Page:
Unpredictable gaps the preemption of space

When two species compete on equal terms, the result is usually predictable. But in the colonization of unoccupied space, competition is rarely even handed. Individuals of one species are likely to arrive, or germinate from the seed bank, in advance of individuals of another species. This, in itself, may be enough to tip the competitive balance in favor of the first species. If space is preempted by different species in different gaps, then this may allow coexistence, even though one species would always exclude the other if they competed 'on equal terms'.

For instance, Figure 8.11 shows the results of a competition experiment between the annual grasses Bromus madritensis and B. rigidus, which occur together in Californian rangelands (Harper, 1961). When they were sown simultaneously in an equiproportional mixture, B. rigidus contributed overwhelmingly to the biomass of the mixed population. But, by delaying the introduction of B. rigidus fugitive annuals and competitive perennials coexistence of a competitive mussel and a fugitive sea palm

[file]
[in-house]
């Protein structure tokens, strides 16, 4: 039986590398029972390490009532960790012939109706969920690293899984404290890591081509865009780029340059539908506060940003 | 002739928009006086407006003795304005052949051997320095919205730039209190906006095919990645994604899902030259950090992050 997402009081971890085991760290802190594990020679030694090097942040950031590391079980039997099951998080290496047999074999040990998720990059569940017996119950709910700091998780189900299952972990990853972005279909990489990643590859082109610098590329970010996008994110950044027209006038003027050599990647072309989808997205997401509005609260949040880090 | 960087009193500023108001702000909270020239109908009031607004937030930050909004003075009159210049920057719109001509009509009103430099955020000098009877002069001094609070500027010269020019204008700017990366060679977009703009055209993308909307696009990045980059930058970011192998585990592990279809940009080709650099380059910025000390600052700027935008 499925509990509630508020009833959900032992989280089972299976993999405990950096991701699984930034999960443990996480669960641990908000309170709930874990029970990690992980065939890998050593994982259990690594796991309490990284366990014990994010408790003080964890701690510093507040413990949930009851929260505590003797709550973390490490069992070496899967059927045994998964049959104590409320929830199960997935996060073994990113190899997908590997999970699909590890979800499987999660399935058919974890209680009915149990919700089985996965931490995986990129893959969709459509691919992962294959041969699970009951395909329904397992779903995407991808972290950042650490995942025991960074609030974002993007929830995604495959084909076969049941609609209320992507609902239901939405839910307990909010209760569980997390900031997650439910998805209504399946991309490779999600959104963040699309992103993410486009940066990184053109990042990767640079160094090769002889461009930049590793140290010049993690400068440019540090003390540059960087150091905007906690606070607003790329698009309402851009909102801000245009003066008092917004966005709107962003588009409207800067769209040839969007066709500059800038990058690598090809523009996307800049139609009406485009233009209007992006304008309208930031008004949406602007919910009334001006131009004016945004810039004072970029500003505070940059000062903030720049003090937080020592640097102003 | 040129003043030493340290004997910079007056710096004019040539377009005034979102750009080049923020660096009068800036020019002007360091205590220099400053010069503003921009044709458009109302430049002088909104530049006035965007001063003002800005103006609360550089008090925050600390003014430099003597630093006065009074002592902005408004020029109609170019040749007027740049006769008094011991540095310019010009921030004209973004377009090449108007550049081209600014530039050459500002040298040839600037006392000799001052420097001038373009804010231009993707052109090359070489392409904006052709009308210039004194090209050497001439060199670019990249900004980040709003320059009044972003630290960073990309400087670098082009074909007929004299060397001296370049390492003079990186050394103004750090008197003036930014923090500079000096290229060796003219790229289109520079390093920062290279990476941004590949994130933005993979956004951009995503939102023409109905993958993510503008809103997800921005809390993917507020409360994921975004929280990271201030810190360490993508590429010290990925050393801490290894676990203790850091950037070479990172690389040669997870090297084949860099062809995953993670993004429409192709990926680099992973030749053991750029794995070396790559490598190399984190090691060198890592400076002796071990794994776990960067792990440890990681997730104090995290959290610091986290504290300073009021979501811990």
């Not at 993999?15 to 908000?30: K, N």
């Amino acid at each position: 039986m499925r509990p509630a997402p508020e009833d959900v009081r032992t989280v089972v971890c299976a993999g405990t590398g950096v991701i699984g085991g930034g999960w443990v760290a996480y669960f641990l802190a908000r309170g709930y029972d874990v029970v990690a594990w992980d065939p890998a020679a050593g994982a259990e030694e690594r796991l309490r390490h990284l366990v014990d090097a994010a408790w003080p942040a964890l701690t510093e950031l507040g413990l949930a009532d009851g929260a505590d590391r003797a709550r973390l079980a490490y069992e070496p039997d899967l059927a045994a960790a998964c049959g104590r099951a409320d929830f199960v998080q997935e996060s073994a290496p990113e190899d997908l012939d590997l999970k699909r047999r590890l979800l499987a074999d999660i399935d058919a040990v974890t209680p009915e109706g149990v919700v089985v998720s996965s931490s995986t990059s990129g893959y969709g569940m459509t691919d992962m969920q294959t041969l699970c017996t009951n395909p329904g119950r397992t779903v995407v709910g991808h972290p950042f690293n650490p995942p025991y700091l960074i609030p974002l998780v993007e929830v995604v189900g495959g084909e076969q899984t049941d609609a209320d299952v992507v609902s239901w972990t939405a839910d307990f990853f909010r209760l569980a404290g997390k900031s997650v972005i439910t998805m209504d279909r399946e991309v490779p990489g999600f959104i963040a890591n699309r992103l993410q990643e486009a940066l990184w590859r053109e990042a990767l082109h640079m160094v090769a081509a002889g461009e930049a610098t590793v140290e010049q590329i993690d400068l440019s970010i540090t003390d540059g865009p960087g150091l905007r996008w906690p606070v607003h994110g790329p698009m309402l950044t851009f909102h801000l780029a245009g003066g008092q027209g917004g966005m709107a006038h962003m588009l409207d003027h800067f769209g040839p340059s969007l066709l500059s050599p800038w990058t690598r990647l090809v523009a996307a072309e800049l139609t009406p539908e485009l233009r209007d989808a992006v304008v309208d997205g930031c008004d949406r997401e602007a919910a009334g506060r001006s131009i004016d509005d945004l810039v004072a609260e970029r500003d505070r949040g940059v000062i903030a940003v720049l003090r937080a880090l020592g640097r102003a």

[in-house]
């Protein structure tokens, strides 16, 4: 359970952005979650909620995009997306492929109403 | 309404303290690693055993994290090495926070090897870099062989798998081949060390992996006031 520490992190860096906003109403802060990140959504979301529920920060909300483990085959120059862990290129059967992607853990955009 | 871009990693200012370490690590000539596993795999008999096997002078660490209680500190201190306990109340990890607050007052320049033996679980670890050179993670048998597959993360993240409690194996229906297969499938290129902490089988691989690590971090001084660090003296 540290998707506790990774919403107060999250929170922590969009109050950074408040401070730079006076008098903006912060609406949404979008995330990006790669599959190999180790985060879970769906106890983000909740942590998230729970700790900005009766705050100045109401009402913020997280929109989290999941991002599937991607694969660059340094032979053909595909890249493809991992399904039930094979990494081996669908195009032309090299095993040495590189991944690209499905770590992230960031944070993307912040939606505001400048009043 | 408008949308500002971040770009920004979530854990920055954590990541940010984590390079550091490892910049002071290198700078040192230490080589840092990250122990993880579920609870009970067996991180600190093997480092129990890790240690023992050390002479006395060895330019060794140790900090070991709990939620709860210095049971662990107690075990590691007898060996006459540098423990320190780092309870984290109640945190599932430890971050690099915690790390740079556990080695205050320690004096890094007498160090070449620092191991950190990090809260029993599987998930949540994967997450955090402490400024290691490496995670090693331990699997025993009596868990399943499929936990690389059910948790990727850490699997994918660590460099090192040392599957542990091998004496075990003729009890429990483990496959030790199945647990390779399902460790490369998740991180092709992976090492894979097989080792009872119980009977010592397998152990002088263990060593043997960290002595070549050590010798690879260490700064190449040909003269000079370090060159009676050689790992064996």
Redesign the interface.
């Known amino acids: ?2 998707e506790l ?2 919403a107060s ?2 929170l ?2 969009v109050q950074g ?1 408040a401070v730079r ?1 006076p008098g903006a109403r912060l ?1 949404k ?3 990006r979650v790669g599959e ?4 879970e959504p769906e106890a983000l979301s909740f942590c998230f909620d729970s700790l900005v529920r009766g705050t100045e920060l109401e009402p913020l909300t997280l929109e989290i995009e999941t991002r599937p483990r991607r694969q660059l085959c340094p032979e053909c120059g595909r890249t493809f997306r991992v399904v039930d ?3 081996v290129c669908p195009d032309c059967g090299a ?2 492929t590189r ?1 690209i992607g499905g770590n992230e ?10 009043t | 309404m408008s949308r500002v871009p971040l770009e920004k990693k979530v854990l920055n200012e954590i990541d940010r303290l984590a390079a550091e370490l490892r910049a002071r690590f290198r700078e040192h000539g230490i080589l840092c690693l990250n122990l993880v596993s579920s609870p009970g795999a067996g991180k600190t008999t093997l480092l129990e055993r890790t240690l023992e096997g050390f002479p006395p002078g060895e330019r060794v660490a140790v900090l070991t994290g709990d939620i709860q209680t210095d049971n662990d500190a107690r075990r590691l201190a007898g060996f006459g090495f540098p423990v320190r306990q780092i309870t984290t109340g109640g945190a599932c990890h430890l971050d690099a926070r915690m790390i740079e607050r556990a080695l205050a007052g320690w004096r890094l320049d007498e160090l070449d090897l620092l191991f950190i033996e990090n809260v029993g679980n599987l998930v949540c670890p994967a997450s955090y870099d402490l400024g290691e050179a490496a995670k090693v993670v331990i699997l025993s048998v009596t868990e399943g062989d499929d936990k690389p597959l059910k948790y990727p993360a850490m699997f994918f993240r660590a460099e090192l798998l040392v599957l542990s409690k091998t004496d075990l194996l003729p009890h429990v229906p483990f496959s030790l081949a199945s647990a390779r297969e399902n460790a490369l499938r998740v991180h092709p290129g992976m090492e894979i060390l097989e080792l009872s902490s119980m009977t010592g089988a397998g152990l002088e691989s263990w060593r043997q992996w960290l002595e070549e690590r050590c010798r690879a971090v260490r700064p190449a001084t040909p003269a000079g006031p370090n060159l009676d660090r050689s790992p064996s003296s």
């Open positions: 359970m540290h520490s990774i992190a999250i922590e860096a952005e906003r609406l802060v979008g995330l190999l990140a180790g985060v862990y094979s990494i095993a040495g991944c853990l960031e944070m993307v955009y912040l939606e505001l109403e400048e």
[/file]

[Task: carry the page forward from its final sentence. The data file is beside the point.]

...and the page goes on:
first come, first served

Bromus Rigidus

Figure 8.11 The effect of timing on competition. Bromus rigidus makes an overwhelming contribution to the total dry weight per pot after 126 days growth when sown at the same time as B. madritensis. But, as the introduction of B. rigidus is delayed, its contribution declines. Total yield per pot was unaffected by delaying the introduction of B. rigidus. (After Harper, 1961.)

Figure 8.11 The effect of timing on competition. Bromus rigidus makes an overwhelming contribution to the total dry weight per pot after 126 days growth when sown at the same time as B. madritensis. But, as the introduction of B. rigidus is delayed, its contribution declines. Total yield per pot was unaffected by delaying the introduction of B. rigidus. (After Harper, 1961.)

into the mixtures, the balance was tipped decisively in favour of B. madritensis. It is therefore quite wrong to think of the outcome of competition as being always determined by the inherent competitive abilities of the competing species. Even an 'inferior' competitor can exclude its superior if it has enough of a head start. This can foster coexistence when repeated colonization occurs in a changing or unpredictable environment.

if the environment typically changes long before the equilibrium can be reached.

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